We watched your eyes darting, in such a panic, or maybe you were playing with us. Either way it was delicious and filled us with glee. Beside your crotch were my knees. As I watched your eyes intently, I desired so to lift one of my knees over to the other side of your hips and mount you. Try to unravell your reaction from only your eyes and perhaps, eventually scrape away the soil when the curiosity maddened me. But, it wasn’t that kind of ritual.
Our leader produced a small styrofoam box and opened it to reveal worms in soil. This is where my role really kicked in.
As discussed and planned, I picked worms from the box held by our orchestrator and placed them on the soil over your face. You didn’t flinch. When you saw them coming your eyes widened and relaxed into compliance.
As our leader prepared to document this, I placed worms close to your eyes and the other bumps of your lost facial features. I’d collect drool on my finger and flick them at the worms causing them to squirm. We wanted them close to your eyes but not to actually desecrate our darling subject’s glorious cartoon eyes. But when a curious and naughty worm should strike, I would play the role of saviour, flitting between endangering you and being your saviour, yes. That was me: worm-puppeteer, worm-teaser, in our worm theatre.
We got something very beautiful and this is my pride: one photograph at the precise moment of glory. Worm dipping into the hole, towards one of the holiest of the holies. At the best time possible, after the photograph (so my hand would not obscure the shot), and milliseconds before the violation of your eyeballs, I swooped in. Passionately, without thought. It was impossible to beat or recreate. So, we stopped soon after that: our peak.
Your face emerged from the earth. I, ready with dampened cloth, protected your eyes from falling soil and placed my fingers on your eyelids when they were safe from filth and after that, while your eyes opened and looking with gratitude, on your now clean lips. You muttered
”You saved my retinas, my little angel.” The kiss which followed still tasted quite like earth.
Everywhere I Turn
My sister falls out of a tree
and cracks her skulls open
and the ravens swoop down and mix
omelettes out of her spilled brains
and cast their dark shadows over her split face.
My brothers form an orderly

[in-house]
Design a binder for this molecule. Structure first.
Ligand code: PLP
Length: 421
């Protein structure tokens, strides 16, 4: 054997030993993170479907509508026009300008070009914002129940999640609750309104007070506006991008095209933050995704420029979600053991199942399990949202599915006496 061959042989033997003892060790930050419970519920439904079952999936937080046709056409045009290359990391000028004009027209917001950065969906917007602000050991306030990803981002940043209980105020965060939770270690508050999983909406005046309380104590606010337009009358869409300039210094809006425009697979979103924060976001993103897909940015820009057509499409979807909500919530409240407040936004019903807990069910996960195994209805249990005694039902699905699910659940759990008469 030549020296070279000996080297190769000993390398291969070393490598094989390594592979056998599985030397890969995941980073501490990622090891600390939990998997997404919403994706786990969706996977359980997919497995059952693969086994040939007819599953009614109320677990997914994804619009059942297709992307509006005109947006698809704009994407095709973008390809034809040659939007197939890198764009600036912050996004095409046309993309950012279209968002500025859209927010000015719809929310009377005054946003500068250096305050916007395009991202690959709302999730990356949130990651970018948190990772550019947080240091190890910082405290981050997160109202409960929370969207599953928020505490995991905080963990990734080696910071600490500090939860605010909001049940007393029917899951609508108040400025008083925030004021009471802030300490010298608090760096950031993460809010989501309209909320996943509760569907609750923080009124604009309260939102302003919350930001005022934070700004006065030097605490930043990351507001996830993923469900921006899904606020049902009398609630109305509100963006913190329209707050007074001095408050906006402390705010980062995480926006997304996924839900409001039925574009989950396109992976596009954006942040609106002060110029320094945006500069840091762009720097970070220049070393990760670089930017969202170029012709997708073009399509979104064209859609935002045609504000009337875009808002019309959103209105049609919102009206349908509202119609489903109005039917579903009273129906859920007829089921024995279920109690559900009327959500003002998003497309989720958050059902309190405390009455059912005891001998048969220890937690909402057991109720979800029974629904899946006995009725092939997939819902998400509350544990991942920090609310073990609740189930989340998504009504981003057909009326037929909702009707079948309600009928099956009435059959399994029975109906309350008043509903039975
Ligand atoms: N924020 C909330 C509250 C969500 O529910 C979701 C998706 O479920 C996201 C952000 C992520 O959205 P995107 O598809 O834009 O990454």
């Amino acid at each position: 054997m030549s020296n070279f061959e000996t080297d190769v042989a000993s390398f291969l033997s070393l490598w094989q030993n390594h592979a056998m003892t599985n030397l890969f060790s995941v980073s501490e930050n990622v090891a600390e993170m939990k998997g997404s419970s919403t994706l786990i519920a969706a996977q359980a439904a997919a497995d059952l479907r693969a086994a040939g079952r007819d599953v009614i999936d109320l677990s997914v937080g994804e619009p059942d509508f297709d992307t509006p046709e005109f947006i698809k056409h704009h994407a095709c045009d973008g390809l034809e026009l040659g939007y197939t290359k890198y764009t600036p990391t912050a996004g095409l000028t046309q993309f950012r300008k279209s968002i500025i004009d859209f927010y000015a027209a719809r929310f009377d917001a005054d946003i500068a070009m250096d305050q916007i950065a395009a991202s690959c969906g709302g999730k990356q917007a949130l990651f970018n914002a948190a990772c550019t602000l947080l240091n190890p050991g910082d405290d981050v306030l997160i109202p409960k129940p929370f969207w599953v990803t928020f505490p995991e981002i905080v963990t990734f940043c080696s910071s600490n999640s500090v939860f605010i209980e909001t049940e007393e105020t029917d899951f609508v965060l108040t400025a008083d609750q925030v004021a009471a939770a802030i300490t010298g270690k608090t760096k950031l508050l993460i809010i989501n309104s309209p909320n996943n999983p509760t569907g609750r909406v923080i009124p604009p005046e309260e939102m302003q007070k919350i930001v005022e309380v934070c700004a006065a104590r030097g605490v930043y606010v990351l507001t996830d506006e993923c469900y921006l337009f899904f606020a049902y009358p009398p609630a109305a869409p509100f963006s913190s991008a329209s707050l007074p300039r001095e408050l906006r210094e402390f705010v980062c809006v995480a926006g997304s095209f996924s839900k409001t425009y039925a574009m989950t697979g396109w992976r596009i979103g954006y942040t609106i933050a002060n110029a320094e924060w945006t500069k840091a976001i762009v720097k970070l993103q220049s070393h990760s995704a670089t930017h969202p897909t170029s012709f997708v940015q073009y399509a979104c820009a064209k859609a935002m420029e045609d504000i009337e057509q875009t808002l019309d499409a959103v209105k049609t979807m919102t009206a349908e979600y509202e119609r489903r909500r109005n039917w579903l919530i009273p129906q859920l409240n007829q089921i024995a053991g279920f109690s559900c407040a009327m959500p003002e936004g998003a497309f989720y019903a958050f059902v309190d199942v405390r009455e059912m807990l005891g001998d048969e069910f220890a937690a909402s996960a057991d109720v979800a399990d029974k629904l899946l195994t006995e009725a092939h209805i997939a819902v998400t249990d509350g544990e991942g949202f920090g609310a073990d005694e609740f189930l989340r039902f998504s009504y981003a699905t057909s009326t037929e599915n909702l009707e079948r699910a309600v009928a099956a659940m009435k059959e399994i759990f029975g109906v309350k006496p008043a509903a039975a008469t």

queue to take turns putting their heads in the fire.
They take off their aprons
and their shoes and they jump in
leaving me standing here
warming my hands by the grate.
Everywhere I turn everywhere I turn.
I turn and my parent’s guts are
eaten by cancer and their flesh is loose
and without control and I am without
My cousins hang from every streetlamp
like Christmas decorations and my aunts
and my uncles are riddled with wounds
that burst open like red lilies in bloom.
I sweep up the spare parts
we don’t use anymore into a dustpan
and throw them into the bin.
Later I rifle through the waste
My grandparents knew it would happen.
They saw it on the horizon approaching.
Charles Baudelaire’s Spaceship
I was in the kitchen whipping cream to put on some strawberries so I could entice my girlfriend away from the X-Box when I heard the doorbell ring. I wiped my hands on my apron and went out to the hall, still holding the bowl of cream, and opened the door. Charles Baudelaire was standing there: clean-shaven and dapper, sporting a cravat, a well-cut suit and cradling a luscious bouquet of flowers in his arms.
‘Charles Baudelaire!’ I cried out in surprise.
‘It is I,’ he said.*
‘I love your shit,’ I said excitedly.
‘I love your shit,’ he said.
I cried a few grateful tears into the bowl of cream I was holding.
‘I brought these for you,’ he said timidly presenting me the bouquet he was carrying.
‘Janey Mac, thanks,’ I said, shoving the bowl of cream into his arms and taking the bouquet from him.
‘These are wonderful,’ I said appreciatively, my eyes glimmering in wonder like a child’s.
‘Let me put them in the kitchen,’ I said, walking back into the kitchen.
I tossed the bouquet into the sink and went into the sitting room and told my girlfriend Charles Baudelaire was at the door.
‘Cool,’ she said, her eyes still glued to the screen.
I went back out to the hall where Baudelaire was still standing, holding the bowl of cream.
‘So Charles,’ I said, rubbing my hands together. ‘Is there anything I can do for you?’
‘I was wondering if you’d like to come for a drive with me?’
‘I’d love to,’ I answered happily. ‘Where are we going?’
‘Deep into time and space,’ he answered. ‘I’m looking for the edge of the universe.’
‘Have you a spaceship?’
‘Yeah, it’s out the back, he said pointing towards the car park.
‘Ok,’ I said, stroking my chin. ‘That sounds pretty cool. I’ll come along.’